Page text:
Wind & Debris

Strong winds during a rainstorm can be vehicles for bringing contaminants and debris into your pool. If the wind is intense enough, anything from garbage to organic material can be picked up and thrown into your pool water.

Before a Storm Hits

Store all loose toys, furniture, and cleaning equipment that could become airborne in high winds. But as tempting as it may be, DON'T cover the pool — the cover can be severely damaged in a heavy storm.

After a Storm Hits

In The Swim Super Pool Shock

Clean the pool, lower the water level to normal operating levels, check the water balance and chlorine level, adding sanitizer if needed. In most cases, we strongly recommend shocking the pool following any contamination event — including storms. If needed, superchlorinate the water with some pool shock, and run the pump to circulate and filter the water.

Most of the time, you'll need to run the pump for at least 24 hours, or until the water is clear and healthy once again. It's best to remove leaves and debris from the pool first, and ensure pH levels and other aspects of water chemistry are within the proper range before shocking the pool.

Flooded Pool Equipment 

Keep the pump running unless flood waters threaten to submerge your equipment. In those instances, if you can turn off the power and safely remove the pump, store it indoors. Keep in mind that if the pump motor is submerged or becomes waterlogged, it will likely need to be replaced once flood waters recede.

Regular rain falling on your pool equipment will usually not cause any harm, even if it lasts for days. But if you're concerned, place a cover over your filter pump. Flooding due to heavy rain is the real problem. Sand bagging your pool equipment could save you from replacing the pump or motor if flood waters rise above the equipment pad. If you have any other electrical components, such as a heat pump, salt cell, or other electrically-powered equipment, inspect it thoroughly before restoring power. When in doubt, it never hurts to seek the help of a pool service professional and/or an electrician.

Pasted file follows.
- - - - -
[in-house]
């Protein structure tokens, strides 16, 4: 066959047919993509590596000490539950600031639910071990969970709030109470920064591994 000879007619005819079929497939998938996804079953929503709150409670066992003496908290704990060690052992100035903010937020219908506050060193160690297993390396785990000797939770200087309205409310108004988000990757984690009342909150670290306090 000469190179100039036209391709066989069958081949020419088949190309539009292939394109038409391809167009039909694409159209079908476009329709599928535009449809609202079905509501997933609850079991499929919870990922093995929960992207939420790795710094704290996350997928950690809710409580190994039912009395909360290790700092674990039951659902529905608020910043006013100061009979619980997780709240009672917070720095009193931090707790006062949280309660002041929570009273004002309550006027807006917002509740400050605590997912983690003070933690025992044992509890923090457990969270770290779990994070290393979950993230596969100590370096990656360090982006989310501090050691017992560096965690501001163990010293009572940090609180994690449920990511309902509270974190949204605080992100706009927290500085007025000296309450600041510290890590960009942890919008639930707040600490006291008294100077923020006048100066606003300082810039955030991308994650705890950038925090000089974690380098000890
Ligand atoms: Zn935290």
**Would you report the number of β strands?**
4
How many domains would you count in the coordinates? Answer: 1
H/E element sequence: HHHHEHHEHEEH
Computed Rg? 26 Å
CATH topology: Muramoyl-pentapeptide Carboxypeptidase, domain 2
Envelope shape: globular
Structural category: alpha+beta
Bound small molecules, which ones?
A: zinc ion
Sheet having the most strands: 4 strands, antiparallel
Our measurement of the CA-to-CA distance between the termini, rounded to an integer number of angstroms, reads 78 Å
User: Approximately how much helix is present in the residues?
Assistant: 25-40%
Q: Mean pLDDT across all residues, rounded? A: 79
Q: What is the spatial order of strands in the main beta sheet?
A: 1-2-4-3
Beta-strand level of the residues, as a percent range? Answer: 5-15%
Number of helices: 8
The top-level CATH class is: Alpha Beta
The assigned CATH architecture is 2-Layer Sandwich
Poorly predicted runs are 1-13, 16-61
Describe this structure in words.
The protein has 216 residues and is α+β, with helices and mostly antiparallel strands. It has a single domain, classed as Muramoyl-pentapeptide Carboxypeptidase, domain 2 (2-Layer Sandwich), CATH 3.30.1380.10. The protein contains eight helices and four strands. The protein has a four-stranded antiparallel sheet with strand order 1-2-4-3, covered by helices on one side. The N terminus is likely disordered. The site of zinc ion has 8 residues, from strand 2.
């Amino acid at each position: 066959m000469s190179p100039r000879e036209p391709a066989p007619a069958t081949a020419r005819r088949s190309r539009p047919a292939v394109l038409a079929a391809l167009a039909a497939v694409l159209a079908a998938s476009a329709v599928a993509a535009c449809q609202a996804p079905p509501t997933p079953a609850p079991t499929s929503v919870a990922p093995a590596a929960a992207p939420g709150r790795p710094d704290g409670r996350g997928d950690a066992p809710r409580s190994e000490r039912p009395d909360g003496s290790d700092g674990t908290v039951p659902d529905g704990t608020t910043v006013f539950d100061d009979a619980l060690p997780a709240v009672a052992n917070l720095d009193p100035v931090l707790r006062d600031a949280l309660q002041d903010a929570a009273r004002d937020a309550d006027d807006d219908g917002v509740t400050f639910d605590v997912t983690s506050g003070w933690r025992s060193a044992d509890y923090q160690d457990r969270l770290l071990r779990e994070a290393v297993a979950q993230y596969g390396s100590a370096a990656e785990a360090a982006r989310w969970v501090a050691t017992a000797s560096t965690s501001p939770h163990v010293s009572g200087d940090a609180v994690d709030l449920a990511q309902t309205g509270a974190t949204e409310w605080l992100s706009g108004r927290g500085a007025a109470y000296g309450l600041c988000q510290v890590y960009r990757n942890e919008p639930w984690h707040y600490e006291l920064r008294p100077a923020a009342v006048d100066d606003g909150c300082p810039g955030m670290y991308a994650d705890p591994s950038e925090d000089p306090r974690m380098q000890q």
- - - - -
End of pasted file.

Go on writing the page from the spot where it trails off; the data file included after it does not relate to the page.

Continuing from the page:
Poor Water Drainage

If your pool has a tendency to flood in some areas of the pool deck, and if that runoff heads toward the pool, it needs to be fixed. Pool decks should slope 1/4" down for every foot away from the pool. This helps ensure storm runoff heads to the lawn or surrounding landscape, not in the pool.

Look at the way water moves around the pool. If needed, rework the land to create natural swales to direct and slow rainwater runoff. You can also install drains and drain pipes, or install French drains in gravel around the pool deck. These drains should always be sloped to a downhill location, away from the pool and the pool equipment.

Heavy rains and storms are unpredictable and can be vicious. But with the right steps, you can protect your pool from any severe weather event on the horizon!

In The Swim makes every effort to provide accurate recommendations based upon current ANSI/APSP/ICC-5 2011 (R2022) standards, but codes and regulations change, and In The Swim assumes no liability for any omissions or errors in this article or the outcome of any project. You must always exercise reasonable caution, carefully read the label on all products, follow all product directions, follow any current codes and regulations that may apply, and consult with a licensed professional if in doubt about any procedures. In The Swim assumes no legal responsibility for your reliance or interpretation of the data contained herein, and makes no representations or warranties of any kind concerning the quality, safety, or suitability of the information, whether express or implied, including, without limitation, any implied warranties of merchantability or fitness for a particular purpose.